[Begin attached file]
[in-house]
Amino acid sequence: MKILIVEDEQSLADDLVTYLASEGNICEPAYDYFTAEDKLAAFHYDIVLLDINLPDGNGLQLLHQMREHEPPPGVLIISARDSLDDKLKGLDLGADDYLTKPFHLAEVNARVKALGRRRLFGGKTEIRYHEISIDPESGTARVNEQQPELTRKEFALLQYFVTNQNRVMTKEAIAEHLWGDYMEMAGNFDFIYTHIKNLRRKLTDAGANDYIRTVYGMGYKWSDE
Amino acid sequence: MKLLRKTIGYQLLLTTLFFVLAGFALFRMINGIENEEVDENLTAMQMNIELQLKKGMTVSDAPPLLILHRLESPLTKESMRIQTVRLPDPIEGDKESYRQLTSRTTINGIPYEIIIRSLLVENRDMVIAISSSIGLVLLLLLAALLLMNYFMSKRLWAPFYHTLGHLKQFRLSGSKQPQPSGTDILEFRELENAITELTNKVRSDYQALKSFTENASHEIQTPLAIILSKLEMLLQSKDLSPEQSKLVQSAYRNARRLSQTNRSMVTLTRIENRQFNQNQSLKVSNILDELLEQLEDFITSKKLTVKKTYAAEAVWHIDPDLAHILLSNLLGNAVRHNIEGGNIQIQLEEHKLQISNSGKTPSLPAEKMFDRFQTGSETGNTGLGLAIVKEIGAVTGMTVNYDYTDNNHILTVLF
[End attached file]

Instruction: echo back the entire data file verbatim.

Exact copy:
[in-house]
Amino acid sequence: MKILIVEDEQSLADDLVTYLASEGNICEPAYDYFTAEDKLAAFHYDIVLLDINLPDGNGLQLLHQMREHEPPPGVLIISARDSLDDKLKGLDLGADDYLTKPFHLAEVNARVKALGRRRLFGGKTEIRYHEISIDPESGTARVNEQQPELTRKEFALLQYFVTNQNRVMTKEAIAEHLWGDYMEMAGNFDFIYTHIKNLRRKLTDAGANDYIRTVYGMGYKWSDE
Amino acid sequence: MKLLRKTIGYQLLLTTLFFVLAGFALFRMINGIENEEVDENLTAMQMNIELQLKKGMTVSDAPPLLILHRLESPLTKESMRIQTVRLPDPIEGDKESYRQLTSRTTINGIPYEIIIRSLLVENRDMVIAISSSIGLVLLLLLAALLLMNYFMSKRLWAPFYHTLGHLKQFRLSGSKQPQPSGTDILEFRELENAITELTNKVRSDYQALKSFTENASHEIQTPLAIILSKLEMLLQSKDLSPEQSKLVQSAYRNARRLSQTNRSMVTLTRIENRQFNQNQSLKVSNILDELLEQLEDFITSKKLTVKKTYAAEAVWHIDPDLAHILLSNLLGNAVRHNIEGGNIQIQLEEHKLQISNSGKTPSLPAEKMFDRFQTGSETGNTGLGLAIVKEIGAVTGMTVNYDYTDNNHILTVLF